Helmut Schmidt, Published December 12 2012
Bison foe Georgia Southern trying to attract North Dakota studentsFARGO – Georgia Southern University is not only trying to take away North Dakota State’s shot at a second straight national football title, they’re also aiming to poach potential undergrads.
In the lead-up to Friday’s big Fargodome matchup between the Bison and the Eagles, Georgia Southern is trolling for students from North Dakota to complete its on-campus collection.
The school has students from 49 states and more than 90 countries, but nary a North Dakotan.
Warmth is front and center in the Georgia Southern pitch: It was 63 degrees earlier this week. Kids were cruising campus in shorts and flip flops. Plus, the average low temperature in January is 36 degrees, said Casey Jones, GSU’s assistant director of communications.
“It’s just an absolutely beautiful part of the country,” Jones said Wednesday. “Mild, mild winters down here. You bundle the weather with academics and we think we have a lot of good things to offer at Georgia Southern.”
But how will that sultry southern seduction play in God’s Country, where thanks to 20-below temperatures we can all walk on water for three months of the year?
In the battle of chitlins versus lutefisk, hurricanes versus blizzards, perhaps not too badly.
At Fargo’s South High, junior Taylor Machtell liked the idea of 63 degrees during finals week.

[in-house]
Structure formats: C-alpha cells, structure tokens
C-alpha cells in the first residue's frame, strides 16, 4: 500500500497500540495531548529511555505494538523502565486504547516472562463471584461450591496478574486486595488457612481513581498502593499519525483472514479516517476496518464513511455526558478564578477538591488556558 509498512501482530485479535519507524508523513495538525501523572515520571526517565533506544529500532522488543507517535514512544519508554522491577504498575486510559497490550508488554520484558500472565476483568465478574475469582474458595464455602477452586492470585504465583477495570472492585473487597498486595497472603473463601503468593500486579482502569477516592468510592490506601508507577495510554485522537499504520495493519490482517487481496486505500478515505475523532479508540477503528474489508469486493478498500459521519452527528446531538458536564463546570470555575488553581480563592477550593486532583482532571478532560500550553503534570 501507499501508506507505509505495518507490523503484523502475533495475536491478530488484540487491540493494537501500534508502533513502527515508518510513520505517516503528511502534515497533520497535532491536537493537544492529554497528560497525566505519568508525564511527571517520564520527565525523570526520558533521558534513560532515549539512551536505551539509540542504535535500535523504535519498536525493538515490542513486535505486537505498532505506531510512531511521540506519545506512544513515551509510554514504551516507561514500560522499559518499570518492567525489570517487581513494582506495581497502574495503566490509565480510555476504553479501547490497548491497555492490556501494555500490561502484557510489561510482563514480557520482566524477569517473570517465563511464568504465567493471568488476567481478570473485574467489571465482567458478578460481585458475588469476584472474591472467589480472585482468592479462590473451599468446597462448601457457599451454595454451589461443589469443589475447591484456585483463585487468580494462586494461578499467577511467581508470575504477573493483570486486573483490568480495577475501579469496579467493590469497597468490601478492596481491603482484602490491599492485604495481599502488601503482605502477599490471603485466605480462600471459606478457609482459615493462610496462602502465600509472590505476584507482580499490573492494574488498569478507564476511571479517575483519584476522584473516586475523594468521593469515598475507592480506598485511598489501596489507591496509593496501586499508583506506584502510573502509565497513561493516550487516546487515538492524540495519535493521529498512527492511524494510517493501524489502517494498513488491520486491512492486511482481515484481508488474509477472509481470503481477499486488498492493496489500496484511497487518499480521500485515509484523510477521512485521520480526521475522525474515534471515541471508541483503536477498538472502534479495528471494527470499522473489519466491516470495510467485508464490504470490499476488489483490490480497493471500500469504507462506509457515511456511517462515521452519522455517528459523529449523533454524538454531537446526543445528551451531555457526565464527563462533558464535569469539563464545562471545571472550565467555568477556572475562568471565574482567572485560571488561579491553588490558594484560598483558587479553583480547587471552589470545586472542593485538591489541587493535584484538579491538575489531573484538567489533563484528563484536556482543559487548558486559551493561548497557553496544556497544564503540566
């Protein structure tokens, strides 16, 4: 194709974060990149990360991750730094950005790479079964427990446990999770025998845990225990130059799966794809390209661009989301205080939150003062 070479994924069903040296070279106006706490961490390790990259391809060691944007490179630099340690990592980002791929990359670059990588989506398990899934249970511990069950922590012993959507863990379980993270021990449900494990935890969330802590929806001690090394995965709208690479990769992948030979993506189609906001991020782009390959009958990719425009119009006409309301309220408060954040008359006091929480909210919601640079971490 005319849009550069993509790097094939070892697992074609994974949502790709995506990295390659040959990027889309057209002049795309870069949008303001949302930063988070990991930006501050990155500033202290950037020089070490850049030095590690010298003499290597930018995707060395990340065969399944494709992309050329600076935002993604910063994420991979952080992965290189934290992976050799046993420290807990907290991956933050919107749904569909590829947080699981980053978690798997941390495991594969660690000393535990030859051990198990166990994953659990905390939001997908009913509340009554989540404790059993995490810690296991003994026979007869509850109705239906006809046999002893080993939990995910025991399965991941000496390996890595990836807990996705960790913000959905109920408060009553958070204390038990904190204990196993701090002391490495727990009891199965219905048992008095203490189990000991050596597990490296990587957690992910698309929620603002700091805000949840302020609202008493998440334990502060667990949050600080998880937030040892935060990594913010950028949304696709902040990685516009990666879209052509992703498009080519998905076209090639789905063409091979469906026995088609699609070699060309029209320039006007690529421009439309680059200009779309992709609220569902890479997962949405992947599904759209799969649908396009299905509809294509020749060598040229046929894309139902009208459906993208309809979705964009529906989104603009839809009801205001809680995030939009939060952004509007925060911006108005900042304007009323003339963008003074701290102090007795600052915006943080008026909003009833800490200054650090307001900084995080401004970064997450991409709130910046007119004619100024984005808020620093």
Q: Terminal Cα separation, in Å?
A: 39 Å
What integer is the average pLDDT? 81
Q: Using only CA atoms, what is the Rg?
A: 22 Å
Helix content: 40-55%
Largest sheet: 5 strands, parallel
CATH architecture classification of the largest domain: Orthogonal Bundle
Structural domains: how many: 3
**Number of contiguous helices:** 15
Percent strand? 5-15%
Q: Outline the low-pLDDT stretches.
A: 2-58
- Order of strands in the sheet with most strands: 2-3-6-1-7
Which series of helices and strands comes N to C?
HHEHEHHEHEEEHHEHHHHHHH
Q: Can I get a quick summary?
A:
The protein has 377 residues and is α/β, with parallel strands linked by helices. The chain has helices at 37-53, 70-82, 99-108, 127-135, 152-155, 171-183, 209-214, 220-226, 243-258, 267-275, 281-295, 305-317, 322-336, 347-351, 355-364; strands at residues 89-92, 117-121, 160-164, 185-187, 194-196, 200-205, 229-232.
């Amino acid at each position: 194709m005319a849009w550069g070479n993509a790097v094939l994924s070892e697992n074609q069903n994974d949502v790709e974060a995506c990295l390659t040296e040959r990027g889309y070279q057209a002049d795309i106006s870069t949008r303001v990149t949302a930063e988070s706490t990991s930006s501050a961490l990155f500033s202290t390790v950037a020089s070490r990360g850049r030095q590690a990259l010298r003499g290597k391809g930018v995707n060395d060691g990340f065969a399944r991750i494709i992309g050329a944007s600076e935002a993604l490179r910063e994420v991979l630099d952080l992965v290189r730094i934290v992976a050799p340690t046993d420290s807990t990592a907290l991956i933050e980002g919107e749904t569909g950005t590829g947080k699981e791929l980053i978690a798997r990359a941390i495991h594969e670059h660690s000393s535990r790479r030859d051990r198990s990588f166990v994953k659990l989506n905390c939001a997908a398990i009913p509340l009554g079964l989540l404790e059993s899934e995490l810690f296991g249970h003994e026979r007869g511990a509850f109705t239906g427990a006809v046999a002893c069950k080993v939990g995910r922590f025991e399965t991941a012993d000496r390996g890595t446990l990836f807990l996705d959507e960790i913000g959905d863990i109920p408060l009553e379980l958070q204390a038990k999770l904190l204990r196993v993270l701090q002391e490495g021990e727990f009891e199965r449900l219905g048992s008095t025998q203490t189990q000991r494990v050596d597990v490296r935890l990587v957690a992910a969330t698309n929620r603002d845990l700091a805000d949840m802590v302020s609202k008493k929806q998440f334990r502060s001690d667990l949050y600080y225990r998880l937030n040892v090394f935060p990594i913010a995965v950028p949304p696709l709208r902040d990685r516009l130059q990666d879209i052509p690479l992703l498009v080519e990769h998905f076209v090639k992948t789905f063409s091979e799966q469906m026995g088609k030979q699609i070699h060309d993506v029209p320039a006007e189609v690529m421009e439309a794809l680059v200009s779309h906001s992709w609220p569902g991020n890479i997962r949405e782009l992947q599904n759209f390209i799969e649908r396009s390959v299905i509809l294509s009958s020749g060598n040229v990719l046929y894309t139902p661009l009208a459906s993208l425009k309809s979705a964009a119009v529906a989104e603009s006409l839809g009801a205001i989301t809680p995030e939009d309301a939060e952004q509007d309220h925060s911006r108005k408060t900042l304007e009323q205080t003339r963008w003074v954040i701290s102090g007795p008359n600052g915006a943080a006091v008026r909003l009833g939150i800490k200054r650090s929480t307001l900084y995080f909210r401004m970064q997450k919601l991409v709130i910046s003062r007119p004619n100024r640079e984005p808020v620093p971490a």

“Oooh, toasty!” she said, though she added she’s still walking around in flip flops at 27 degrees, thank you.
Her lunch companion, Sara Graber, said she’d want GSU to swoop down with some cash before she’d become an Eagle.
“If there’s nobody else from North Dakota, they’d need some sort of leverage because that’s pretty far away,” the junior said.
Other South students might be a tougher sell.
Junior Matt Dakken was flummoxed as to why anyone would leave the land of the wind chill factor. Even if GSU paid him to attend, he said he’d still bleed Bison green and yellow.
“They’d (GSU) definitely hurt their chances if they won on Friday. It would be detrimental,” Dakken said.
NDSU has students from 47 states and more than 80 countries, said Laura McDaniel, the assistant vice president for university relations.
The Bison also have their very own Georgian.
Nicholaus Meyers is from Augusta, about 50 miles north of GSU’s home of Statesboro.
The doctoral student in music said he just wanted to experience someplace other than the Deep South.
“I love it up here. I love the cold weather,” Meyers said.
“In Georgia, most of the year it’s so hot and humid you can’t go outside. You don’t die up here in the summer,” he said. “It’s cold, but it’s better than 115 degrees down in Georgia.”
Friday night’s game will be a semifinal matchup for the NCAA’s Football Championship Series. The winner goes on to the championship game in Frisco, Texas.
The Bison were last year’s national champs and beat Georgia Southern 35-7 in the semifinals.
Jones said he didn’t know if the Georgia Southern offer was attracting any peaches among North Dakota’s students, but “we are really, really pleased with the response.”
Readers can reach Forum reporter Helmut Schmidt at (701) 241-5583